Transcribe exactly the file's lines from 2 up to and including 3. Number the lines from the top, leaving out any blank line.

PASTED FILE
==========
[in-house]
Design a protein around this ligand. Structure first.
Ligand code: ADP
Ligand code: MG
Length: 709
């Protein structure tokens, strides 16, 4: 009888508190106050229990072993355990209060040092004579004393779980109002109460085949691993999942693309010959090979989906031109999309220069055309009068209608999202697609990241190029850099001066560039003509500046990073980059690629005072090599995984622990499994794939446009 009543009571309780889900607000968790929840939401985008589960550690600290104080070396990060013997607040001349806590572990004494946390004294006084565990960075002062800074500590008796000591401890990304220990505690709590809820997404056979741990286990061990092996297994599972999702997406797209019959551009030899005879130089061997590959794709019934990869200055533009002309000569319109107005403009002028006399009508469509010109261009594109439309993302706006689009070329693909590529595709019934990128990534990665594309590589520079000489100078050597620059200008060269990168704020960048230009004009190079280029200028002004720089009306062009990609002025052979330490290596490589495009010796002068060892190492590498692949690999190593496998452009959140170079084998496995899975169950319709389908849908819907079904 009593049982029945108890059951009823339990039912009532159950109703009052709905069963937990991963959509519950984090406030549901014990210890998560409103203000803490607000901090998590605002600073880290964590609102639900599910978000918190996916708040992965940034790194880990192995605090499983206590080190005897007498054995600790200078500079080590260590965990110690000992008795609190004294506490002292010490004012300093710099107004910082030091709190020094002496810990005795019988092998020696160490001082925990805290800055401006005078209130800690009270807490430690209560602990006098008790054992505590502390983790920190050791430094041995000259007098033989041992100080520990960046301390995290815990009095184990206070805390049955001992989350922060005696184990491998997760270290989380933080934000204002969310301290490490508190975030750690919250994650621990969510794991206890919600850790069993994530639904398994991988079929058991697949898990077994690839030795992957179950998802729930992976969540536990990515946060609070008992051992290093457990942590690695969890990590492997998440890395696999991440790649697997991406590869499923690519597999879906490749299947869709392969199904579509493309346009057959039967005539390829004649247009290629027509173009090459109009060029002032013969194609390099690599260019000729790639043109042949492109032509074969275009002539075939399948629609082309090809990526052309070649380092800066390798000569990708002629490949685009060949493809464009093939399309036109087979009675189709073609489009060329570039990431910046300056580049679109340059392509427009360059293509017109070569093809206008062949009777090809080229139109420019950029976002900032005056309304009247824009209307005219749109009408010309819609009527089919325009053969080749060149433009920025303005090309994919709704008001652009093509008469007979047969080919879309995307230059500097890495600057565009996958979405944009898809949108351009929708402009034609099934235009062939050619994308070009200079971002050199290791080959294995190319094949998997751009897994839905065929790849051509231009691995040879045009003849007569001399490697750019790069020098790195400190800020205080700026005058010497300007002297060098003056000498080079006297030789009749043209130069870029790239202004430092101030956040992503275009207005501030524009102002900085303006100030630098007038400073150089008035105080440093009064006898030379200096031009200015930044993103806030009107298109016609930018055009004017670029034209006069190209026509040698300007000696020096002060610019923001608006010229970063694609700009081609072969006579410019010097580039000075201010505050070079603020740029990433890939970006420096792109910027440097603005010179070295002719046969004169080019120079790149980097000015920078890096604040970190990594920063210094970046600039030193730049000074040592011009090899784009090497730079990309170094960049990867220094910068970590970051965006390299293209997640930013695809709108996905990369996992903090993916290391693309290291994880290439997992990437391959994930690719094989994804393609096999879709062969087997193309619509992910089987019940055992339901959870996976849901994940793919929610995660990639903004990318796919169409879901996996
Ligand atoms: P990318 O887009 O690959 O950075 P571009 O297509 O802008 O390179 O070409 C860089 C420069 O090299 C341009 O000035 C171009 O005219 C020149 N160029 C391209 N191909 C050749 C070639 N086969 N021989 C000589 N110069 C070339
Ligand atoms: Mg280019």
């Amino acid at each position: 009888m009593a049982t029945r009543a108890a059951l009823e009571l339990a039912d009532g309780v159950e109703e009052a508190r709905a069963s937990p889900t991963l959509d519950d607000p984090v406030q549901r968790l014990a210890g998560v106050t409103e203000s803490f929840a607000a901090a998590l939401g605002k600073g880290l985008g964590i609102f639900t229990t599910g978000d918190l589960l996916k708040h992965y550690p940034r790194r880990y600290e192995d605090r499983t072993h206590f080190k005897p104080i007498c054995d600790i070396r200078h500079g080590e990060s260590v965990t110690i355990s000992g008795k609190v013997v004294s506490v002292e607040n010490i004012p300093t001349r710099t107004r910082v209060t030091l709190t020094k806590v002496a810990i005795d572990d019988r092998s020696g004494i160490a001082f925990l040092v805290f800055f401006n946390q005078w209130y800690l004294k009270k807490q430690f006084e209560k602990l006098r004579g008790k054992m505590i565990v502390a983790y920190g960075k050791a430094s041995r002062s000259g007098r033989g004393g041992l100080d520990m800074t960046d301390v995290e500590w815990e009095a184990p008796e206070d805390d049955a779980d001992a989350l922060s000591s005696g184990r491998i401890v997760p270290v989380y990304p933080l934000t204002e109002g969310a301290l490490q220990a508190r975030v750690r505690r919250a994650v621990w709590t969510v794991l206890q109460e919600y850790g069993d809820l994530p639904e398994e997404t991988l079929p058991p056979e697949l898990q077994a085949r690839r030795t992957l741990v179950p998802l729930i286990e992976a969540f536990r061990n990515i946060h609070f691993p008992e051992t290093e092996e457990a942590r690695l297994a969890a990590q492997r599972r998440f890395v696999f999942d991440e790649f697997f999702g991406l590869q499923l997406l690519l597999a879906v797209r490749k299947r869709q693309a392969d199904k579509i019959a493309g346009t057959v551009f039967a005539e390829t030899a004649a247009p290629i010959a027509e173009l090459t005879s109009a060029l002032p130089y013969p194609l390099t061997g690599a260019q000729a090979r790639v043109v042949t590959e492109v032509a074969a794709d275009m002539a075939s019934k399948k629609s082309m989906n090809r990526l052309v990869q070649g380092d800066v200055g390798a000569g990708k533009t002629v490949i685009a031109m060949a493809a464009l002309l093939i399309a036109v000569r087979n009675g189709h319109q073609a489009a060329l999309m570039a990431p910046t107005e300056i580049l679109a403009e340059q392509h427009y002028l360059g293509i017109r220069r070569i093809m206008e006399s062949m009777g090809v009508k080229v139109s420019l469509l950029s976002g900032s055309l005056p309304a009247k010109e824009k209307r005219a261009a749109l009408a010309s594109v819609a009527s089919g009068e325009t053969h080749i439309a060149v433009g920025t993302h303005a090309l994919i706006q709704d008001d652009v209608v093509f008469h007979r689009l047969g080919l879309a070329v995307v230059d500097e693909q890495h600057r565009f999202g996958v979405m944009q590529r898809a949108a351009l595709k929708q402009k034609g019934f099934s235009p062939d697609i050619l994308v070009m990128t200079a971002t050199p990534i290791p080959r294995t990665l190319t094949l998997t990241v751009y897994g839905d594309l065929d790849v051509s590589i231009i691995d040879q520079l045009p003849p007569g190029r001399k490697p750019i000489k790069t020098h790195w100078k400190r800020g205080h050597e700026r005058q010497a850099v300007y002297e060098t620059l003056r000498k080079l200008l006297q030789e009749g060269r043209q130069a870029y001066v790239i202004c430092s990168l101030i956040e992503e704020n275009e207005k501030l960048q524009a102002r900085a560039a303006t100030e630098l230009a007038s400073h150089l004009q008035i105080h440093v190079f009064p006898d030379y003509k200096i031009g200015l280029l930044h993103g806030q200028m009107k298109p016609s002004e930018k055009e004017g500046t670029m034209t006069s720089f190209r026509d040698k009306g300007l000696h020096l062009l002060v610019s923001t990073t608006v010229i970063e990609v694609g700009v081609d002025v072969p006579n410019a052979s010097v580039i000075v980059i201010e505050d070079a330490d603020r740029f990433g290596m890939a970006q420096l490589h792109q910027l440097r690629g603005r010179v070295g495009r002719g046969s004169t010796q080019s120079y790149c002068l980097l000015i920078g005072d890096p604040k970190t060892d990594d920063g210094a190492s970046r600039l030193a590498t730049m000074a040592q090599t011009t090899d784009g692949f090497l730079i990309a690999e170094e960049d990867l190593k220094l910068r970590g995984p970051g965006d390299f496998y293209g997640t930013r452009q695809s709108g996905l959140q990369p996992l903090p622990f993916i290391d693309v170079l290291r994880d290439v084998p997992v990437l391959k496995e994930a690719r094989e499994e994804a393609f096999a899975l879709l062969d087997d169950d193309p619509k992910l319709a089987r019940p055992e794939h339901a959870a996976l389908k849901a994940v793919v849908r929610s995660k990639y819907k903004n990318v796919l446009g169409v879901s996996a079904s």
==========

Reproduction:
Design a protein around this ligand. Structure first.
Ligand code: ADP